You can’t get dust on a digital file. I’m fairly certain you can’t even own it, and at no point does it ever seem like it’s being used. My creased up card and worn down plastic buzzes and creaks like something mechanical, and I will always rejoice in that difference.
No, no way… I’m not done. I’m having too much fun. It’s not over for me now, life has just begun…
I came to America and started a pop music quiz.
In the early oughties (or two-thousands, whatever you lot call them) my then wife and I were approached by the owner of Mobile’s only independent record store, Satori Sound Records, with the idea of sharing in the concept of a coffee house and cafe as part of the premises. The plan was to keep the record store and to attach a cafe to the other half of the building; and so it came to be that for a brief couple of years towards the end of my time in Alabama I had the coolest job of my life that far; working in the record store and also helping out in the cafe serving coffee.
(Okay, so I pretty much hated working as a barista making frothy coffee, but let’s get past that for now.)
It was during that tricky first year of opening that we needed ways to bring more trade into the cafe in the evening, and so that’s where the idea of a pop music quiz first germinated. I’d been a huge fan of the popular UK TV music quiz show Never Mind the Buzzcocks, that my mum and various friends would send to me on VHS tapes from England that I could then watch on the universal VCR I owned at the time. (That show is still going strong as a staple of Friday night telly in England, now almost in its twentieth year.) I based the original version of the quiz on that show and stole a few ideas from other less popular variants too.
I have the flyer from the very first music quiz I hosted in the USA on my bedroom wall and have just noticed that today marks almost the thirteenth anniversary of that first night. I did an eighties music quiz on Friday 15th February in 2002 in the cafe. I can’t recall much about it despite still having my script for the quiz in my archive.
In those days it took place in a small and well-lit coffee house with a creaky and uneven wooden floor and various tables scattered around. I had a clipboard and a cassette tape player plugged into a couple of small speakers. I spoke in my normal unamplified voice and it was a polite and somewhat restrained affair. There was no alcohol, only coffee and various fruity drinks.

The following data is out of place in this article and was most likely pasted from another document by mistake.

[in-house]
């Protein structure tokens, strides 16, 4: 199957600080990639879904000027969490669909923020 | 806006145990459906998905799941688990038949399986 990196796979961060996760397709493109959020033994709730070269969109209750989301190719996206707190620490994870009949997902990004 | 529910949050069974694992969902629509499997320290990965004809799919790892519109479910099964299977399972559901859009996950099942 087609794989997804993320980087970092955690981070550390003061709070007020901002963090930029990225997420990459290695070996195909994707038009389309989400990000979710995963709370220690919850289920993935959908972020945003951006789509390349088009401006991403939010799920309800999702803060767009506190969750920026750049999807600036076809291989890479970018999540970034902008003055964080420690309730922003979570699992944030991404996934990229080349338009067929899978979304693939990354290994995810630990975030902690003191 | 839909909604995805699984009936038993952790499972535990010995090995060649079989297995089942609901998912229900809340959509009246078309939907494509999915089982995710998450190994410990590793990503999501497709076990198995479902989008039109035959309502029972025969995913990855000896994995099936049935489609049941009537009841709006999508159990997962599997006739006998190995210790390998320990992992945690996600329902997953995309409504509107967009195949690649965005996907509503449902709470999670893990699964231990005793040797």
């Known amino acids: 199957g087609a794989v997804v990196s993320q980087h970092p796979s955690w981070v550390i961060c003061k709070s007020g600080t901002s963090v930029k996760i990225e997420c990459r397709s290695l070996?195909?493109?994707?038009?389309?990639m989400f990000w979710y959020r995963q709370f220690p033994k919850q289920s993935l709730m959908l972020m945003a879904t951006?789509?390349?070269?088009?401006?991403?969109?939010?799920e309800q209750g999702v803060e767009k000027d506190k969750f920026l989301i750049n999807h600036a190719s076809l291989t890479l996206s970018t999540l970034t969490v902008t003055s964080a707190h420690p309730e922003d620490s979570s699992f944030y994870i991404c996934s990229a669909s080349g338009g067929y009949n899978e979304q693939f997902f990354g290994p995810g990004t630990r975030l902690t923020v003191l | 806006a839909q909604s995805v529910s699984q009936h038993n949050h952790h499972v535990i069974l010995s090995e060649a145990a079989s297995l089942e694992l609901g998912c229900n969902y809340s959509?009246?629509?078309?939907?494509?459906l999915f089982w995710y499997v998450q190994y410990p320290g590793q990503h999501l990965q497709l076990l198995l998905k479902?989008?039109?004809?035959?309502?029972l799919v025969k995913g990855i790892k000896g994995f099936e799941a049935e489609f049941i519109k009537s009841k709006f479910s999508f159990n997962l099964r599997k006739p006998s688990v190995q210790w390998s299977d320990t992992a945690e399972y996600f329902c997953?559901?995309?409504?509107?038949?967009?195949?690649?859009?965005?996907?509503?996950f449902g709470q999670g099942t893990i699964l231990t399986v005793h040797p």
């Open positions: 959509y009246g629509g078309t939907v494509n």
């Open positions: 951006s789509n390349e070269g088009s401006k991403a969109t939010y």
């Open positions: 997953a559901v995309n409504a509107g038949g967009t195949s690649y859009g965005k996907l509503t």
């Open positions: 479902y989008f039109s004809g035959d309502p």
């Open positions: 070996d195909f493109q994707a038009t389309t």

I tell you this because just last week I hosted my 99th quiz in my hometown of Winston Salem, North Carolina, in the best live music venue; The Garage downtown. These days it’s darker, a lot larger, a little crazier, and louder via a microphone and big speakers and a much noisier crowd. You can order anything you like from the bar if you’re old enough, and it’s a good deal more fun and unhinged in its present state.
By hook and crook I hauled the bones of the quiz through my last days in Alabama, and then put it into storage in Tennessee for just under a year, until it landed a little bruised and battered but otherwise compact, and began life once more in November of 2006 and continuing since on Thursday nights monthly in downtown Winston.
I am fierce proud of what my girl Amanda AKA DJ Shute and I have done with the evolution of the quiz and you can like us on our Facebook page and see tons of flyers and photographs of the many great nights we’ve had doing it here in Winston. We’ve also seen married two couples who first met at the quiz so go easy trampling around in there. You never know what you’re gonna come away with at the quiz.
I tell you all of this because last week in that 99th quiz I did a five-question round on the days of MTV and specifically their 120 Minutes show that used to air on Friday nights between ten and midnight when I was back in Alabama. This show specialized in what was widely becoming known as alternative music in the nineties. I’d record the show on then pre-DVD standard VHS tape and watch it later, often fast-forwarding through the commercials and the stuff I didn’t much care for.
One question in that quiz round set my mind wandering about how you could hear a piece of music that you may not have heard in a long while and an entire flood of memory would travel back accompanying it. I got that same feeling on You Tube just last week watching the video to The Last Time That We Talked by Small Factory.
I first saw that same video clip one night scrolling through 120 Minutes back in my bedroom in Mobile and it had a seismic effect on me. 120 Minutes in those days was a somewhat turgid affair; with emphasis on harder rock and dark and brooding lyrical themes, heavy on angst and moody with it. Suddenly there was this fun and catchy pop song created by a band I’d never heard of; featuring two guys and a singing girl drummer who I found out later had the excellent name of Phoebe Summersquash.